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Tips for Post-Workout Recovery

1 Jun

How%20to%20prevent%20this%20post-workout%20pain[1]Post-workout muscle soreness (pain and stiffness that peaks 24–72 hours post-workout), also known as delayed-onset muscle soreness (DOMS), is a mostly normal after-effect of exercise or exertion.  DOMS is less related to the intensity of a workout, and more attributable to the “newness” or variety of movement.  New and different exercises, drills, and movement patterns seem to have greater potential to induce post-exercise soreness than familiar exercises, even at higher intensity levels.

And, while experts agree that there’s nothing you can do to completely alleviate post-workout soreness, there are some strategies that may improve treatment and recovery of sore muscles — before, during, and after your workout.

Here’s a resource titled, Fuel Your Sore Muscles, that provides some insight and tips for managing post-exercise soreness.

Additionally, it’s important to remember that rest is a vital component of the muscle- and strength-building process.  Sore muscles need time to heal and recover.

Your thoughts?

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Here’s How Strength Training Reduces Injury Risk in Young Athletes

13 May

youth_big[1]Participation in sports can induce several beneficial effects in youth athletes, including improvements in cardiovascular risk profiles and bone health.

In contrast to the beneficial effects, participation in sports may also induce an inherent risk of injuries, especially in high-intensity sports with frequent changes in movement, velocity, and direction with high impacts and contacts between players.

Obviously, injury prevention is important, and it’s necessary to implement preventative measures to reduce the risk of injury and support the health benefits associated with playing sports.

“Strengthening muscles through resistance training will increase the forces they are capable of sustaining, making them more resistant to injury,” according to a recent study from the Journal of Strength and Conditioning Research. (Zouita, S., et.al.)

“These effects include strength enhancement of supporting connective tissues and passive joint stability, and also increased bone density and tensile strength.”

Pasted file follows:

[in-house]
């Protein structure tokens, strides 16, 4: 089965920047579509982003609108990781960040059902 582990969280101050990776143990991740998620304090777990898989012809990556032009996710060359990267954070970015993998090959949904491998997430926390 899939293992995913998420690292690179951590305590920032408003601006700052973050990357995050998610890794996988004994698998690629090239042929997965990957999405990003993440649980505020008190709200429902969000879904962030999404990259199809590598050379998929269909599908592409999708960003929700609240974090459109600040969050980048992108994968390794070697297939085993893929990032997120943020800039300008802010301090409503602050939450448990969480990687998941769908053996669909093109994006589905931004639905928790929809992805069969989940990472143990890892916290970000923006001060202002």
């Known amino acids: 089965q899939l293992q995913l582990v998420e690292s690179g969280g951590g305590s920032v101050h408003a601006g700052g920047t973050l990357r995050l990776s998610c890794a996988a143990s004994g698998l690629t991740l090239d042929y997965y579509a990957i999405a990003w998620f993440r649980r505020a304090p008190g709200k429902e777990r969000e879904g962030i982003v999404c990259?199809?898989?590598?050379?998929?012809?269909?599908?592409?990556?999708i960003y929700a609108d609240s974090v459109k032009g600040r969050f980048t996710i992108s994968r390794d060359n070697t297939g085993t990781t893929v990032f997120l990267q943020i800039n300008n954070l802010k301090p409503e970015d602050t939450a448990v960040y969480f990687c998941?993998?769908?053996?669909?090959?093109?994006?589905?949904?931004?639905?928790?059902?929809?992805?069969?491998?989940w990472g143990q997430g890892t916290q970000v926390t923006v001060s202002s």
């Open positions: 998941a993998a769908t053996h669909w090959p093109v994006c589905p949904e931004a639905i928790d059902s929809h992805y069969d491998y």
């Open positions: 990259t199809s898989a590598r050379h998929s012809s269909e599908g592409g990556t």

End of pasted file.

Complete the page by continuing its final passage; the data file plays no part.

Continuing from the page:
“… regular participation in an appropriately designed (and supervised) exercise program inclusive of resistance training can (strengthen muscles and connective tissues, and) enhance bone mineral density and improve skeletal health and likely reduce injury risk in young athletes.”

When incorporated with sport-specific skill training, strength training can improve physical performance and reduce injuries.

Your thoughts?

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When Do You Need a Spotter?

4 May

adv_benchpress_03[1]In exercise parlance, a spotter is a person who assists in the execution of an exercise to help protect the athlete from injury.

A spotter can also encourage and motivate the athlete, and assist in the completion of forced repetitions.

Ultimately, though, the primary responsibility of a spotter is to ensure the safety of the athlete being spotted.

Free-weight exercises involving one or more spotters may include:

  • Overhead (shoulder press)
  • Bar on the back (back squat)
  • Anterior “racked” (front shoulders) position — bar on shoulders or collarbones (front squat)
  • Supine, over-the-face (bench press)

These types of exercises, especially when performed with dumbbells, require one or more experienced, knowledgeable spotters.

Power exercises, such as Olympic lifts, should not be spotted.  Instead of spotting these exercises, the strength and conditioning professional must teach athletes how to get away from a bar that becomes unmanageable.

Ideally, overhead, bar on the back, and front shoulders exercises should be performed inside a power rack with the safety bars set at an appropriate height.

When spotting over-the-face barbell exercises, the spotter should hold the bar with an alternated-hand grip, preferably inside the athlete’s grip.  For dumbbell exercises, it is important to spot as close to the dumbbells as possible.

The number of spotters needed is mostly determined by the load being lifted, the experience and ability of the athlete and spotter(s), and the physical strength of the spotter(s).

Appropriate communication, before and during the lift, is the responsibility of both the spotter and the athlete.

Your thoughts?

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Should You Wear a Weightlifting Belt?

27 Apr

3-benefits-of-lifting-with-a-belt_graphics-1[1]

First of all, if you wear a weightlifting belt, why? And, if you don’t, why not — what is your rationale?

Perhaps you’ve seen others wear a weightlifting belt and you think it’s probably a good idea.

Maybe you have a coach, teammate, friend, workout partner, etc. who has recommended the idea to you.

You may have lower back soreness, and think the belt might help.

Or, you might wear it prophylactically, thinking it’s a good way to protect your lower back from injury.